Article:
Since the late 1980s, a deep-sea fishery for Greenland halibut (Reinhardtius hippoglossoides) has been developing gradually in West Greenland.
Deep-sea fish species are generally long-lived and characterized by late age of maturity, low fecundity, and slow growth, features that probably cause low resilience following overexploitation. In order to evaluate whether populations of nine potential bycatch species are negatively affected by the commercial fishery for Greenland halibut, scientific data from bottom-trawl surveys conducted in the same area and period as the commercial fishery were analysed.
During the period 1988–2011, population abundance and size composition changed as catch and effort in the Greenland halibut fishery increased. Two species showed a significant decrease in abundance, and four populations showed a significant reduction in mean weight of individuals (p < 0.05).
Correlation analyses show that most of the observed trends in abundance are probably not related to increasing fishing effort for Greenland halibut.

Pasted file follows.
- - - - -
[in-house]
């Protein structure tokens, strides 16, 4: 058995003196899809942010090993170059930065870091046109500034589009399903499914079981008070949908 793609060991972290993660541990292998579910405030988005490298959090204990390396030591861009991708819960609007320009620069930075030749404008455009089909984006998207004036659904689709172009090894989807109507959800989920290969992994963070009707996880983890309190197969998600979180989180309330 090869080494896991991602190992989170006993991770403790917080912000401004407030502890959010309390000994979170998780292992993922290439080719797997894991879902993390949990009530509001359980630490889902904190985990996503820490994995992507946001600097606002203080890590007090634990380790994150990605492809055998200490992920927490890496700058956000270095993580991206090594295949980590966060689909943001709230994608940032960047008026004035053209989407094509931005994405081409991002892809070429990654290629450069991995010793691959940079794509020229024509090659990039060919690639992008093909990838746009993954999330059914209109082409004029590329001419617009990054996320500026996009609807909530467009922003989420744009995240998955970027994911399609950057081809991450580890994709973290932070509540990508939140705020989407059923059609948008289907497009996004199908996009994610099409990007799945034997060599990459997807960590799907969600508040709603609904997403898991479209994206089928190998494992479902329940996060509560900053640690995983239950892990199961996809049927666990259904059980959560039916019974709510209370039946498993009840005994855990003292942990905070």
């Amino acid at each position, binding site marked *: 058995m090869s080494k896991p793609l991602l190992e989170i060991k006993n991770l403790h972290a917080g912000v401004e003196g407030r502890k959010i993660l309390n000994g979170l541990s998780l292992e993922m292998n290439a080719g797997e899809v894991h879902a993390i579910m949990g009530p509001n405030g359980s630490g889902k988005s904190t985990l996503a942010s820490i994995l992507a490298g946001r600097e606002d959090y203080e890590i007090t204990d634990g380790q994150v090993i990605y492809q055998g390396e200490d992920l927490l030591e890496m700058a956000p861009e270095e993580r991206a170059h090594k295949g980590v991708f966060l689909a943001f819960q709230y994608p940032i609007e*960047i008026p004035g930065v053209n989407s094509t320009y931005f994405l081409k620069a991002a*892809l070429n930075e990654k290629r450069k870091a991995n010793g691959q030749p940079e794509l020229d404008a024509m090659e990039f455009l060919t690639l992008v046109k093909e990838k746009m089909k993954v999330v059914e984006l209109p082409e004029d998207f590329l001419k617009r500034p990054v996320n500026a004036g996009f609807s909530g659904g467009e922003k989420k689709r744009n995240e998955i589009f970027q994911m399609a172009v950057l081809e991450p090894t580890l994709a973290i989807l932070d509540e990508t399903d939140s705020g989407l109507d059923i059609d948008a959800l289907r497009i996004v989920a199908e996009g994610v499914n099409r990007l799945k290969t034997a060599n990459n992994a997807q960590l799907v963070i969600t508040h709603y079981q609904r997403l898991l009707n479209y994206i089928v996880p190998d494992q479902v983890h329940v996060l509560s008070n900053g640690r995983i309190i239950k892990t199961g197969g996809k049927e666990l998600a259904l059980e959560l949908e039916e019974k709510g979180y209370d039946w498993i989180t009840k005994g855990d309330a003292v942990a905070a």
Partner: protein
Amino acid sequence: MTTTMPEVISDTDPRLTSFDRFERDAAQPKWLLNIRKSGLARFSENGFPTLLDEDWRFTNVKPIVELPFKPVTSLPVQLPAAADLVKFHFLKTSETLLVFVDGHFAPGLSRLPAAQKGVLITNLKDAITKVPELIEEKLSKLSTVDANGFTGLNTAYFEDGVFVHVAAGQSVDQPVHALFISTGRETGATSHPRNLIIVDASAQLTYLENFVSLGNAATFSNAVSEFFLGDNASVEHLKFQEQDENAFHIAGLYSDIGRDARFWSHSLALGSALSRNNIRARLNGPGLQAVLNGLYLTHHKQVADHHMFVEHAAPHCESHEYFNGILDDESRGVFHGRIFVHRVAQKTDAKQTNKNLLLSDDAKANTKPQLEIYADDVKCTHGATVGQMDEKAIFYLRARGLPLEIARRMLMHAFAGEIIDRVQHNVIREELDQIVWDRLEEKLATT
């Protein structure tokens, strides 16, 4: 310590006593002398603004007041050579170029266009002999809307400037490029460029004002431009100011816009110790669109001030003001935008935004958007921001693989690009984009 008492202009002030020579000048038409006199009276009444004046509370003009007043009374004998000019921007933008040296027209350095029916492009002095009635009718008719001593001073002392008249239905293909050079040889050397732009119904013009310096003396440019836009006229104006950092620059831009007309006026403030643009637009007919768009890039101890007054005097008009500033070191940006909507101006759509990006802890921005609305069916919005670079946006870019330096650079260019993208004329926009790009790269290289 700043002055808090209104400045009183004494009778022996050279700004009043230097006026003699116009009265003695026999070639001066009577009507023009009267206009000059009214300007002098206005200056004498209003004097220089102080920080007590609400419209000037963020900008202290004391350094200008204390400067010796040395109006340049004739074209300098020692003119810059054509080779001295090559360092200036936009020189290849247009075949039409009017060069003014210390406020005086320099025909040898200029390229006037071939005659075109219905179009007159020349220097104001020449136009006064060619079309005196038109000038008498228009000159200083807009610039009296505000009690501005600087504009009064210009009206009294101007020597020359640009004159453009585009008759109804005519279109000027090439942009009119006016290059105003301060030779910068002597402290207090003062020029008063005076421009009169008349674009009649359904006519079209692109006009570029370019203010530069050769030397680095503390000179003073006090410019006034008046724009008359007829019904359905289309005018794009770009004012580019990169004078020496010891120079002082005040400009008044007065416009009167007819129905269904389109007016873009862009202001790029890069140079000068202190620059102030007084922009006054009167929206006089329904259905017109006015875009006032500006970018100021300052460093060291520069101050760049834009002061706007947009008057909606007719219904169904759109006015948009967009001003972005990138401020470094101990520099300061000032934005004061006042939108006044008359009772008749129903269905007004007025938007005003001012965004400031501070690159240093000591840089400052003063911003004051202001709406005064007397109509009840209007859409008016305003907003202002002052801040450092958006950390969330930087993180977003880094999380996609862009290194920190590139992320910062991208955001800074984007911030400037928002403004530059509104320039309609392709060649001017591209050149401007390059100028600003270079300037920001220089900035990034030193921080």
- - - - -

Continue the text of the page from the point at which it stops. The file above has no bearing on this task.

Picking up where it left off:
The analysis did, however, show that most of the observed decreases in mean weight were significantly correlated with fishing effort during the 24-year period.
Explore further: Deep-sea fish stocks threatened
Ole A. Jørgensen*, François Bastardie and Ole R. Eigaard, "Impact of deep-sea fishery for Greenland halibut (Reinhardtius hippoglossoides) on non-commercial fish species off West Greenland", ICES J. Mar. Sci. (2014) DOI: 10.1093/icesjms/fst191 First published online: January 2, 2014